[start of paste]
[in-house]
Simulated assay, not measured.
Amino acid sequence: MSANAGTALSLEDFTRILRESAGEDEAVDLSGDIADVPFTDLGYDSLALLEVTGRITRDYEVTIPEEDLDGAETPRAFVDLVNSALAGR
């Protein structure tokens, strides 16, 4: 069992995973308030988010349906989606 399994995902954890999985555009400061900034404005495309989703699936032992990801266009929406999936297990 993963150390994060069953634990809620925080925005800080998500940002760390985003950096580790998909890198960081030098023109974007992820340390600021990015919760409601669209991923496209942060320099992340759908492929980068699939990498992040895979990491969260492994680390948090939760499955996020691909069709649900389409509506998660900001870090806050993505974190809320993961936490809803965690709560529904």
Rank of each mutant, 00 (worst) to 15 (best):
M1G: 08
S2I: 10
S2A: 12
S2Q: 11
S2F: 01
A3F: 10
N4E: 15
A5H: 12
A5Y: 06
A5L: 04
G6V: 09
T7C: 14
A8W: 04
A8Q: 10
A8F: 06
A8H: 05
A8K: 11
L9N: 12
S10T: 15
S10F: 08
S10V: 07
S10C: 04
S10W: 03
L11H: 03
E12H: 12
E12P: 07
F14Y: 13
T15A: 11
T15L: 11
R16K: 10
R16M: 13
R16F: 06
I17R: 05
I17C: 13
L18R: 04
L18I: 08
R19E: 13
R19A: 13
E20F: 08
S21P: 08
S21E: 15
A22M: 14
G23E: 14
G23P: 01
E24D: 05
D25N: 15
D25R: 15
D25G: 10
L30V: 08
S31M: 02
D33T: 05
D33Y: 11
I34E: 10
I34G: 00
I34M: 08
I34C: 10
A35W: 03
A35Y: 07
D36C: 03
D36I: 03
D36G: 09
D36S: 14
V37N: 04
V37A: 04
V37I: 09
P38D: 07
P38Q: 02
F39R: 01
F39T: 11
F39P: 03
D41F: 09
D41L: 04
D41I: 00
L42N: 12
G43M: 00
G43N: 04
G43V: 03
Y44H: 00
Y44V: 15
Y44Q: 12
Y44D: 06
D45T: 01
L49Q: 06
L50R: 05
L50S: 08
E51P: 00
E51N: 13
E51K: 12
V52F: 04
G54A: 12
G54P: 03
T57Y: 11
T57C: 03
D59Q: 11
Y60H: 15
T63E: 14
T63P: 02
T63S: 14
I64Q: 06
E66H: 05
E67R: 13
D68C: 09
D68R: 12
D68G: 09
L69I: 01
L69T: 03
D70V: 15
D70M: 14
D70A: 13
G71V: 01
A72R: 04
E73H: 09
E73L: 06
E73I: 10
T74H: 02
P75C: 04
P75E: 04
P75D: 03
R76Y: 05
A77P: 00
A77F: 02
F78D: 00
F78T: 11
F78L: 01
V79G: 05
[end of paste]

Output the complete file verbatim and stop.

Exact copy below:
[in-house]
Simulated assay, not measured.
Amino acid sequence: MSANAGTALSLEDFTRILRESAGEDEAVDLSGDIADVPFTDLGYDSLALLEVTGRITRDYEVTIPEEDLDGAETPRAFVDLVNSALAGR
């Protein structure tokens, strides 16, 4: 069992995973308030988010349906989606 399994995902954890999985555009400061900034404005495309989703699936032992990801266009929406999936297990 993963150390994060069953634990809620925080925005800080998500940002760390985003950096580790998909890198960081030098023109974007992820340390600021990015919760409601669209991923496209942060320099992340759908492929980068699939990498992040895979990491969260492994680390948090939760499955996020691909069709649900389409509506998660900001870090806050993505974190809320993961936490809803965690709560529904």
Rank of each mutant, 00 (worst) to 15 (best):
M1G: 08
S2I: 10
S2A: 12
S2Q: 11
S2F: 01
A3F: 10
N4E: 15
A5H: 12
A5Y: 06
A5L: 04
G6V: 09
T7C: 14
A8W: 04
A8Q: 10
A8F: 06
A8H: 05
A8K: 11
L9N: 12
S10T: 15
S10F: 08
S10V: 07
S10C: 04
S10W: 03
L11H: 03
E12H: 12
E12P: 07
F14Y: 13
T15A: 11
T15L: 11
R16K: 10
R16M: 13
R16F: 06
I17R: 05
I17C: 13
L18R: 04
L18I: 08
R19E: 13
R19A: 13
E20F: 08
S21P: 08
S21E: 15
A22M: 14
G23E: 14
G23P: 01
E24D: 05
D25N: 15
D25R: 15
D25G: 10
L30V: 08
S31M: 02
D33T: 05
D33Y: 11
I34E: 10
I34G: 00
I34M: 08
I34C: 10
A35W: 03
A35Y: 07
D36C: 03
D36I: 03
D36G: 09
D36S: 14
V37N: 04
V37A: 04
V37I: 09
P38D: 07
P38Q: 02
F39R: 01
F39T: 11
F39P: 03
D41F: 09
D41L: 04
D41I: 00
L42N: 12
G43M: 00
G43N: 04
G43V: 03
Y44H: 00
Y44V: 15
Y44Q: 12
Y44D: 06
D45T: 01
L49Q: 06
L50R: 05
L50S: 08
E51P: 00
E51N: 13
E51K: 12
V52F: 04
G54A: 12
G54P: 03
T57Y: 11
T57C: 03
D59Q: 11
Y60H: 15
T63E: 14
T63P: 02
T63S: 14
I64Q: 06
E66H: 05
E67R: 13
D68C: 09
D68R: 12
D68G: 09
L69I: 01
L69T: 03
D70V: 15
D70M: 14
D70A: 13
G71V: 01
A72R: 04
E73H: 09
E73L: 06
E73I: 10
T74H: 02
P75C: 04
P75E: 04
P75D: 03
R76Y: 05
A77P: 00
A77F: 02
F78D: 00
F78T: 11
F78L: 01
V79G: 05